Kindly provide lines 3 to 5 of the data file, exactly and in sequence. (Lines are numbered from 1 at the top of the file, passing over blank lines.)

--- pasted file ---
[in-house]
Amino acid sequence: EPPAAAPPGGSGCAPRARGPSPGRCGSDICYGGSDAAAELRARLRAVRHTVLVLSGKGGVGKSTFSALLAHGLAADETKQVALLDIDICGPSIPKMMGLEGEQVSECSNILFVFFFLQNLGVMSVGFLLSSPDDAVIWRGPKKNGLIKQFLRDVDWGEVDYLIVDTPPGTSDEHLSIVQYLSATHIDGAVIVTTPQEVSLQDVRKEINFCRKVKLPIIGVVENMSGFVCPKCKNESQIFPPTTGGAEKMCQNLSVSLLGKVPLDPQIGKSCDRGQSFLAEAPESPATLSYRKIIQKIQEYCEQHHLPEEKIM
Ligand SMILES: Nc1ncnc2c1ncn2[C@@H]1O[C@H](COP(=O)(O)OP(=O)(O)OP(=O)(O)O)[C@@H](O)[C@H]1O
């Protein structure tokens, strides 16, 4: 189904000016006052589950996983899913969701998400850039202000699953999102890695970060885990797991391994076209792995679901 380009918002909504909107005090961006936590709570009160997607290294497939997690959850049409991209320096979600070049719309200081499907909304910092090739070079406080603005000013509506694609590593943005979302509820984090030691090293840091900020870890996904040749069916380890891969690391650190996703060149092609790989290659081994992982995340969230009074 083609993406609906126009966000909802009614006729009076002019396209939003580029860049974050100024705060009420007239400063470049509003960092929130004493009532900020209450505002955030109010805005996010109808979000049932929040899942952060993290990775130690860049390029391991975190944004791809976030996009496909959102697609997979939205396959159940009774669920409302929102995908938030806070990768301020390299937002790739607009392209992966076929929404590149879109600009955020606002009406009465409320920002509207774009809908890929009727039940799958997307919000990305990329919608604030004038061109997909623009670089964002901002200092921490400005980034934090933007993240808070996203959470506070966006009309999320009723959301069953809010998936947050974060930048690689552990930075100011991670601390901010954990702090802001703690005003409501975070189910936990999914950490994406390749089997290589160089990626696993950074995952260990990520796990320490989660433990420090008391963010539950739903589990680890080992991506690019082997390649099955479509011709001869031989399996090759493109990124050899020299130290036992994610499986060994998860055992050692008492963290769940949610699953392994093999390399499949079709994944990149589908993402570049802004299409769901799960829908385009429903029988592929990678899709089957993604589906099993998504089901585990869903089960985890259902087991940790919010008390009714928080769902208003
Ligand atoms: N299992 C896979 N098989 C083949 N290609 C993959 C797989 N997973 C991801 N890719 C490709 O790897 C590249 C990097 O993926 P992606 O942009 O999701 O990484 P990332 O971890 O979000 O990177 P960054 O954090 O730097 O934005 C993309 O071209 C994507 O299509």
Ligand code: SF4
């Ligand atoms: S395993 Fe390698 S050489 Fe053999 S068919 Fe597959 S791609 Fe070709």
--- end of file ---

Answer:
Ligand SMILES: Nc1ncnc2c1ncn2[C@@H]1O[C@H](COP(=O)(O)OP(=O)(O)OP(=O)(O)O)[C@@H](O)[C@H]1O
């Protein structure tokens, strides 16, 4: 189904000016006052589950996983899913969701998400850039202000699953999102890695970060885990797991391994076209792995679901 380009918002909504909107005090961006936590709570009160997607290294497939997690959850049409991209320096979600070049719309200081499907909304910092090739070079406080603005000013509506694609590593943005979302509820984090030691090293840091900020870890996904040749069916380890891969690391650190996703060149092609790989290659081994992982995340969230009074 083609993406609906126009966000909802009614006729009076002019396209939003580029860049974050100024705060009420007239400063470049509003960092929130004493009532900020209450505002955030109010805005996010109808979000049932929040899942952060993290990775130690860049390029391991975190944004791809976030996009496909959102697609997979939205396959159940009774669920409302929102995908938030806070990768301020390299937002790739607009392209992966076929929404590149879109600009955020606002009406009465409320920002509207774009809908890929009727039940799958997307919000990305990329919608604030004038061109997909623009670089964002901002200092921490400005980034934090933007993240808070996203959470506070966006009309999320009723959301069953809010998936947050974060930048690689552990930075100011991670601390901010954990702090802001703690005003409501975070189910936990999914950490994406390749089997290589160089990626696993950074995952260990990520796990320490989660433990420090008391963010539950739903589990680890080992991506690019082997390649099955479509011709001869031989399996090759493109990124050899020299130290036992994610499986060994998860055992050692008492963290769940949610699953392994093999390399499949079709994944990149589908993402570049802004299409769901799960829908385009429903029988592929990678899709089957993604589906099993998504089901585990869903089960985890259902087991940790919010008390009714928080769902208003
Ligand atoms: N299992 C896979 N098989 C083949 N290609 C993959 C797989 N997973 C991801 N890719 C490709 O790897 C590249 C990097 O993926 P992606 O942009 O999701 O990484 P990332 O971890 O979000 O990177 P960054 O954090 O730097 O934005 C993309 O071209 C994507 O299509």